Wednesday, 18 February 2009

Campaign to organise nurses

After initiatives in the cleaning and retail sectors, the successful organising approach from the USA will now be applied to organise nurses in the Netherlands. Organisers of public sector union ABVAKABO FNV have already met with about a hundred nurses of the University Medical Centre (UMC) in Utrecht to find out what issues matter to them.
The nurses are not used to standing up for their rights. “They are inclined to efface themselves”, explains programme leader Lilian Marijnissen. “For them, the patient comes first”. The quality of health care is therefore likely to become a central issue in the organising campaign.
ABVAKABO FNV has experimented with organising before, but previously the approach was fragmented and results were disappointing. This time, it has been decided to focus attention on the UMC, a large organisation where only 7.2% of workers are affiliated to ABVAKABO FNV. Ten thousand people work at the UMC, but the campaign focuses on the 3,000 nurses at the academic hospital.
A first step was to meet with union activists. They liked the approach, but they are not representative of the entire workforce. The average employee is 38 years old; the average activist almost 50. “Some said: I’m about to retire”, Marijnissen said.
Next, they started asking around for nurses’ contact information in order to meet with them. Most meetings take place at people’s homes. Such ‘house calls’ are a standard element of American organising campaigns, but the Dutch often doubt whether this approach would work here, since people value their privacy.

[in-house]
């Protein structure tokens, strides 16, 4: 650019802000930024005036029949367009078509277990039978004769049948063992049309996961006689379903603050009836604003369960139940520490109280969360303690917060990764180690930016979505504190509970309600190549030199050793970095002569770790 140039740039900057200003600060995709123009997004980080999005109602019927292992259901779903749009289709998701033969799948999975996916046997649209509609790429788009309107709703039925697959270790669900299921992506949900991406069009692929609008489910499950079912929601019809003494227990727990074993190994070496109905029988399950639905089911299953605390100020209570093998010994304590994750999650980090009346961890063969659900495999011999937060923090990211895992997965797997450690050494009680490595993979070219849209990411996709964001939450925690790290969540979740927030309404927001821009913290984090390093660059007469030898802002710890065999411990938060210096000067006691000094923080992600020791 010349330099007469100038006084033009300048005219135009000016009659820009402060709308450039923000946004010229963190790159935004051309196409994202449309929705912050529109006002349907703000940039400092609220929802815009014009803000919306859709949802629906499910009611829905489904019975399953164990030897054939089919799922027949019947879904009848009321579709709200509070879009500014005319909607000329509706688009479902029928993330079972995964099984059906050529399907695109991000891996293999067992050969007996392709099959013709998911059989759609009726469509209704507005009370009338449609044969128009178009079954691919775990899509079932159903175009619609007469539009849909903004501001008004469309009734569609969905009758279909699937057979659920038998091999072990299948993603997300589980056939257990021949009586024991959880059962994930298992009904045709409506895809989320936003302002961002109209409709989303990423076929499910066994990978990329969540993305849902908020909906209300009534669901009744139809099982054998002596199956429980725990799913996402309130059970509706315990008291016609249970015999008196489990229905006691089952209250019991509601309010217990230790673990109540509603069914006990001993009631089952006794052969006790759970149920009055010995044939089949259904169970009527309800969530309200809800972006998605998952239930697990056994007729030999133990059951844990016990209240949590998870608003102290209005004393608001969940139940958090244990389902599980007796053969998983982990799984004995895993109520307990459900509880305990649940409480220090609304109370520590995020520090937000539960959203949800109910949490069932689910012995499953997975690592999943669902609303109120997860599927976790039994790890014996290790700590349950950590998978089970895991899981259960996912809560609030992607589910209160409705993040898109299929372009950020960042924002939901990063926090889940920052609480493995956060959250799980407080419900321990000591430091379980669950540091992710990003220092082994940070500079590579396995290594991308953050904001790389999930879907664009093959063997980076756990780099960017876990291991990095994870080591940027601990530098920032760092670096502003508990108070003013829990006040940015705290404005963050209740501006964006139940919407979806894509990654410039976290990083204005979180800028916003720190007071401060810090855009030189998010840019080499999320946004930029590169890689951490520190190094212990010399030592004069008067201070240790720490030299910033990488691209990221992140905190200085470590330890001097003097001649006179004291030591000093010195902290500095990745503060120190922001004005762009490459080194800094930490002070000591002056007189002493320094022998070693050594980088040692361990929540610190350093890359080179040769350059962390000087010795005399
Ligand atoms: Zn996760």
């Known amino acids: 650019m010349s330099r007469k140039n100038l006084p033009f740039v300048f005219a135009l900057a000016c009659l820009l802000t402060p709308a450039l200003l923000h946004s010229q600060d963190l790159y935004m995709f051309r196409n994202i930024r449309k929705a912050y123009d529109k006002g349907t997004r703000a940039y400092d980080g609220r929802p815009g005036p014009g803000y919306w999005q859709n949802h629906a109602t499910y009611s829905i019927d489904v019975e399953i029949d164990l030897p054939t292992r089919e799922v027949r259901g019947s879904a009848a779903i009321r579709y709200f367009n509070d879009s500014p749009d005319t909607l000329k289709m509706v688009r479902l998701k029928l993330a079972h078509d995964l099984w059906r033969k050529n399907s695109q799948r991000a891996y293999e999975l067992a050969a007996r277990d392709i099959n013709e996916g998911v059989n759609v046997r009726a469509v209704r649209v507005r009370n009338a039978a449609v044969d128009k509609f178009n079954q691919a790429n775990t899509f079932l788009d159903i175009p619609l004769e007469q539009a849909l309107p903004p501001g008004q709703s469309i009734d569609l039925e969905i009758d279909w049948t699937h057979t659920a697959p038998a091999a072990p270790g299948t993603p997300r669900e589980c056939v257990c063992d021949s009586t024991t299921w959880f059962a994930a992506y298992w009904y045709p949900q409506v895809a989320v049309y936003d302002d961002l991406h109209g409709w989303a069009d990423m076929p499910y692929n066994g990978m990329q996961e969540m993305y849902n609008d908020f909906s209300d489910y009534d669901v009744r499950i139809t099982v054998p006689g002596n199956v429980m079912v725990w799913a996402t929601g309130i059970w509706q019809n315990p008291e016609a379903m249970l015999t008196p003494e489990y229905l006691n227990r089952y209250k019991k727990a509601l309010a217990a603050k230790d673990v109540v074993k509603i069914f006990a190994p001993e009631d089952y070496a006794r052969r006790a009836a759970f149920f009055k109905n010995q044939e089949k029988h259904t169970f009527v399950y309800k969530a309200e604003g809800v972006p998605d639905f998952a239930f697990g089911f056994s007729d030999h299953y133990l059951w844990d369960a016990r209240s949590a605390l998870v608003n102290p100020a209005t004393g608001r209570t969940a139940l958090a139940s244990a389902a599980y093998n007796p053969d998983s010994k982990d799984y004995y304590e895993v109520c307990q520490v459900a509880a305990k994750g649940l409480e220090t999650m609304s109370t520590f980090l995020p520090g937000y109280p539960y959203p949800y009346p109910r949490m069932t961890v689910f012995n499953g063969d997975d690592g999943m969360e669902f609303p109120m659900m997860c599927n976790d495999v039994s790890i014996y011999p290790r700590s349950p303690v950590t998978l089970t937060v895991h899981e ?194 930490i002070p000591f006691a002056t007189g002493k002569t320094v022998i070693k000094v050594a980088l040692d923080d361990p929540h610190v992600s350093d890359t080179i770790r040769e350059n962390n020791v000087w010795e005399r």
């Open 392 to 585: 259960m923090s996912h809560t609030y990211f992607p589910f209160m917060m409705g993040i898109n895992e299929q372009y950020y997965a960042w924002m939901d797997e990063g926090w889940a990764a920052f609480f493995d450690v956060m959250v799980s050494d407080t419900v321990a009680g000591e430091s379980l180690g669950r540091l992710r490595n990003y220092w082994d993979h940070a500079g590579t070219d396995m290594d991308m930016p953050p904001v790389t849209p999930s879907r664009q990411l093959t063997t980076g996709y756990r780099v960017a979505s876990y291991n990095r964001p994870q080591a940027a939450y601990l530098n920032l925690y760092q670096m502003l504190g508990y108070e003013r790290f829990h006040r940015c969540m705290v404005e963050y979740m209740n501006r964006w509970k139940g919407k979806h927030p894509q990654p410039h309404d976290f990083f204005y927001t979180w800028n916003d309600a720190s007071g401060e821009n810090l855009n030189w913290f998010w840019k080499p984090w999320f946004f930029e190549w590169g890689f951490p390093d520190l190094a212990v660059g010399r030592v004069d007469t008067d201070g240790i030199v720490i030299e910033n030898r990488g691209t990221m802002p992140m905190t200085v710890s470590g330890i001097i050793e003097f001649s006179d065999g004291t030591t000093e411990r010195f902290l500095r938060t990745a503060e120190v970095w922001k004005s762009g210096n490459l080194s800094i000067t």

However, the ABVAKABO FNV organisers found that many nurses really appreciate the house calls. “At home, people can talk much more freely and they feel that it’s an important campaign when you make the effort of visiting them. In addition, you quickly build a warm relationship when you’ve visited someone’s home. Then when you meet each other again at the UMC, there’s a connection”.
Some nurses are immediately ‘super enthusiastic’, others prefer to wait and see which way the wind blows before they become actively involved themselves. “It’s important for us to achieve a concrete result quickly, even if it’s something small, to show people that it works”, Marijnissen said.
Once a committee of nurses has been formed, the organisers will try to find allies who are willing to support the campaign. “We are looking around to see what kind of organisations there are, such as patients’ organisations. But perhaps there are also academics who would like to become involved”.
The campaign will probably be different from other organising campaigns. “For example, nurses are not likely to go on strike, for they don’t want the patients to suffer. However, we do intend to escalate the campaign, as is usual in organising campaigns”.
The campaign is run by a team of six, including two organisers from the previous ABVAKABO FNV programme, two activists who were also involved in the cleaning campaign, a former policy advisor and Marijnissen herself. Marijnissen graduated last year after writing a graduation paper on organising.
The team hopes to exchange experiences with colleagues in Germany, where there is also an organising campaign at an academic hospital. In addition, they frequently consult with American union SEIU. They will not get much time to quietly find out which approach works best: the programme will run until 31 December.
Image: the organising team, from left to right: Cihan Ugural, Bob Wester, Reinier Engelen, Jolanda van Brunschot, Lilian Marijnissen. Not in the picture: Karin Schepers. Photo: Jan van der Ploeg.

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